Although fair start Scotland is a significant development in the Scottish employability landscape, it is only a first step in a wider programme to deliver more effective and joined-up employment support for people and in our work to deliver more inclusive growth and opportunities for all. Last August, I announced that 13 projects would receive funding from our employability innovation and integration fund. Those projects involve partners collaborating at local level to deliver new innovative approaches to join up employability support with health and social care, justice and housing services.
Earlier today, I visited Capital City Partnership’s joined up for jobs integration project in Edinburgh, which brings together existing housing, criminal justice and health and social care services to work collectively and bring about genuine and sustainable integration with employability provision. I was encouraged by that collaboration between health partners, including national health service link workers and public health practitioners, to explore how links between health and employability services can be strengthened and can help to deliver better employment outcomes for people. That is exactly the type of joined-up, collaborative and better-aligned service delivery that we require.
With the launch of fair start Scotland, the time is right to set out a plan to better integrate and align employability support with other support and services. I am therefore delighted to announce the publication today of “No One Left Behind—Next Steps for the Integration and Alignment of Employability Support in Scotland”, which sets out how we will start to join up wider employability support in Scotland. It has a specific focus on integrating employability support with health, justice and housing services—those areas are critical in enabling better support for people who are furthest removed from employment—and it sets out the actions that we will develop and implement collaboratively with our partners. It sets out action to work with local government to improve the alignment of employability provision at local level; action focused on helping more people who have been released from custody to find employment, and on preventing returns to criminal activity by working with the Scottish Prison Service to develop new routes into employment services that will help to support more people with a conviction to find and sustain work; and action to pilot a health and work gateway in Fife and Dundee to provide a single point of contact for different services for those who are at risk of falling out of work or those who have recently left work because of ill health. The pilot will achieve better integration of healthcare and employability support so that people with disabilities or long-term health conditions, including mental health conditions, will benefit from a service that more closely matches their needs.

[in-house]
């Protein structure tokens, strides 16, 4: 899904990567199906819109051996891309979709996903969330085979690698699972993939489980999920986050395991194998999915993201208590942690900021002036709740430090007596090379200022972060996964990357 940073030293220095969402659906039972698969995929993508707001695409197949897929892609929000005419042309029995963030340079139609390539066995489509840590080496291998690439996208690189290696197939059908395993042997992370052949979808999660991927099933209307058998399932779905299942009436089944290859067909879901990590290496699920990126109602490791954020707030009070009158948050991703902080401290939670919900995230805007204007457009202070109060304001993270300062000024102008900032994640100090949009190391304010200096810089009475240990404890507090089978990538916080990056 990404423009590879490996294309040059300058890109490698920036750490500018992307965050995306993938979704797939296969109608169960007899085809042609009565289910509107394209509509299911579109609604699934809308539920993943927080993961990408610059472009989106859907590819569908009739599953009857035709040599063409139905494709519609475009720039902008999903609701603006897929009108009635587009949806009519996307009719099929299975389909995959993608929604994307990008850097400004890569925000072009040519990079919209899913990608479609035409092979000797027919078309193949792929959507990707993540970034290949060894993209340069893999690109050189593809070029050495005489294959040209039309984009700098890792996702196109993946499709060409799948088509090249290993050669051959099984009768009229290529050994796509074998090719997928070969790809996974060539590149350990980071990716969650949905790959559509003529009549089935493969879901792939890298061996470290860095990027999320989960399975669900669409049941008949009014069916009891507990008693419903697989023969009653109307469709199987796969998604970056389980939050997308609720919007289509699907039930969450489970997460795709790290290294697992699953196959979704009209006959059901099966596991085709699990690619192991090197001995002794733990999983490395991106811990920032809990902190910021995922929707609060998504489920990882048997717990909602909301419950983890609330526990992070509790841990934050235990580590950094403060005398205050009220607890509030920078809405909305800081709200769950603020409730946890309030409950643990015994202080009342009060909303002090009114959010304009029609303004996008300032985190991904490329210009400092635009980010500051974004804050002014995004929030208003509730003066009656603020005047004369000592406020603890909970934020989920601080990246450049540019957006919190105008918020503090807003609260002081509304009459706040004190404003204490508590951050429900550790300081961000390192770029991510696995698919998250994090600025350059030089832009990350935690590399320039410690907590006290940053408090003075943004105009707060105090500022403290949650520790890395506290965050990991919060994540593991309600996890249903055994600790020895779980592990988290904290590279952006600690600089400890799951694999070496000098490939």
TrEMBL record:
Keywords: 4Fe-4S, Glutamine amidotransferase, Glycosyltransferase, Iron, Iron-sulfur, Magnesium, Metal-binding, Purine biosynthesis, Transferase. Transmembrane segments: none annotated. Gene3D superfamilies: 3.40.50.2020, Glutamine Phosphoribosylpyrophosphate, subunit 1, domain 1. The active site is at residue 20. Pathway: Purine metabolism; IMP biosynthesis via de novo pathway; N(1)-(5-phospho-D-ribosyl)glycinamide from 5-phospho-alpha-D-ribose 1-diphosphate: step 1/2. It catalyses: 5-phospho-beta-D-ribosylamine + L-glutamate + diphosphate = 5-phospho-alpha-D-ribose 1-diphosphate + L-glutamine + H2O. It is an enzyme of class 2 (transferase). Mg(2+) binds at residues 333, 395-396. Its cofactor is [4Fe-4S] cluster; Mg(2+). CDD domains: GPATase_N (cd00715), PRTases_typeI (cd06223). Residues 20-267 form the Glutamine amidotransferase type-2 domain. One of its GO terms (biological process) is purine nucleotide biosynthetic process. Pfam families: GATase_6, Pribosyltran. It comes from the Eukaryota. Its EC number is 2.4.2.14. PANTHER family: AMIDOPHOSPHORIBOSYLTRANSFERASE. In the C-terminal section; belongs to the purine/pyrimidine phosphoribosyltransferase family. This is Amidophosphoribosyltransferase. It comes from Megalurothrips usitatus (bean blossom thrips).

I want to be clear: the measures that I have set out are just the start of a wider programme of work to better integrate and align employability services. That work includes engaging with people and organisations to discuss the future of the employability system in Scotland and identify where we can make a real difference to the delivery of a more flexible, person-centred and joined-up system.
Our review of what we have in place will focus on the resources that the Scottish Government invests in the employability system. I want to make sure that our investment best meets our shared ambitions and responds to a changing labour market. The review will be driven by the views and experiences of service users and those front-line teams delivering services. I look forward to being involved in many of those conversations over the next few months.
The work to deliver the actions that are laid out in “No One Left Behind” will begin now. A delivery group will monitor the progress made. I will keep Parliament up to date on our initial activity by the end of this year; I will also publish an annual report showing progress against the plan.